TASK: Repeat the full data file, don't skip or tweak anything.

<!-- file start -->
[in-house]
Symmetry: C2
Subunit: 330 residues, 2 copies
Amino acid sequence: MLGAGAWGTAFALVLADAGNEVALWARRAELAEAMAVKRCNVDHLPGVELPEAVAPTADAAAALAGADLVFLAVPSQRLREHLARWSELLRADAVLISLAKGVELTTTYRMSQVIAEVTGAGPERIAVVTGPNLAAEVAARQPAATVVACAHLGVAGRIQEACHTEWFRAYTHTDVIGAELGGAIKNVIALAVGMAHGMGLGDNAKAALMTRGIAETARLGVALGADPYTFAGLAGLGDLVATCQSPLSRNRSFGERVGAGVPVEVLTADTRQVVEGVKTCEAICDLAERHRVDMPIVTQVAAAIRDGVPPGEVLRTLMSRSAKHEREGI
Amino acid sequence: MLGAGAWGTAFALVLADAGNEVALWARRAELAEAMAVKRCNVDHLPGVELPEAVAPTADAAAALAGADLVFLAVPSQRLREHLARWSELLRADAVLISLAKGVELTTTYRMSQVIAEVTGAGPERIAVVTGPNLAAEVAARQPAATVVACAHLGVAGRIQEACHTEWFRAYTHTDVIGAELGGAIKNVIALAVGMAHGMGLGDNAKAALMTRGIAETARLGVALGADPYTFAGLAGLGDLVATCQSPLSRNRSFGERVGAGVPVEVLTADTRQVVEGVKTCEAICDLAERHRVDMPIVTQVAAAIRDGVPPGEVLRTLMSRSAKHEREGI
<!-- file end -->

[in-house]
Symmetry: C2
Subunit: 330 residues, 2 copies
Amino acid sequence: MLGAGAWGTAFALVLADAGNEVALWARRAELAEAMAVKRCNVDHLPGVELPEAVAPTADAAAALAGADLVFLAVPSQRLREHLARWSELLRADAVLISLAKGVELTTTYRMSQVIAEVTGAGPERIAVVTGPNLAAEVAARQPAATVVACAHLGVAGRIQEACHTEWFRAYTHTDVIGAELGGAIKNVIALAVGMAHGMGLGDNAKAALMTRGIAETARLGVALGADPYTFAGLAGLGDLVATCQSPLSRNRSFGERVGAGVPVEVLTADTRQVVEGVKTCEAICDLAERHRVDMPIVTQVAAAIRDGVPPGEVLRTLMSRSAKHEREGI
Amino acid sequence: MLGAGAWGTAFALVLADAGNEVALWARRAELAEAMAVKRCNVDHLPGVELPEAVAPTADAAAALAGADLVFLAVPSQRLREHLARWSELLRADAVLISLAKGVELTTTYRMSQVIAEVTGAGPERIAVVTGPNLAAEVAARQPAATVVACAHLGVAGRIQEACHTEWFRAYTHTDVIGAELGGAIKNVIALAVGMAHGMGLGDNAKAALMTRGIAETARLGVALGADPYTFAGLAGLGDLVATCQSPLSRNRSFGERVGAGVPVEVLTADTRQVVEGVKTCEAICDLAERHRVDMPIVTQVAAAIRDGVPPGEVLRTLMSRSAKHEREGI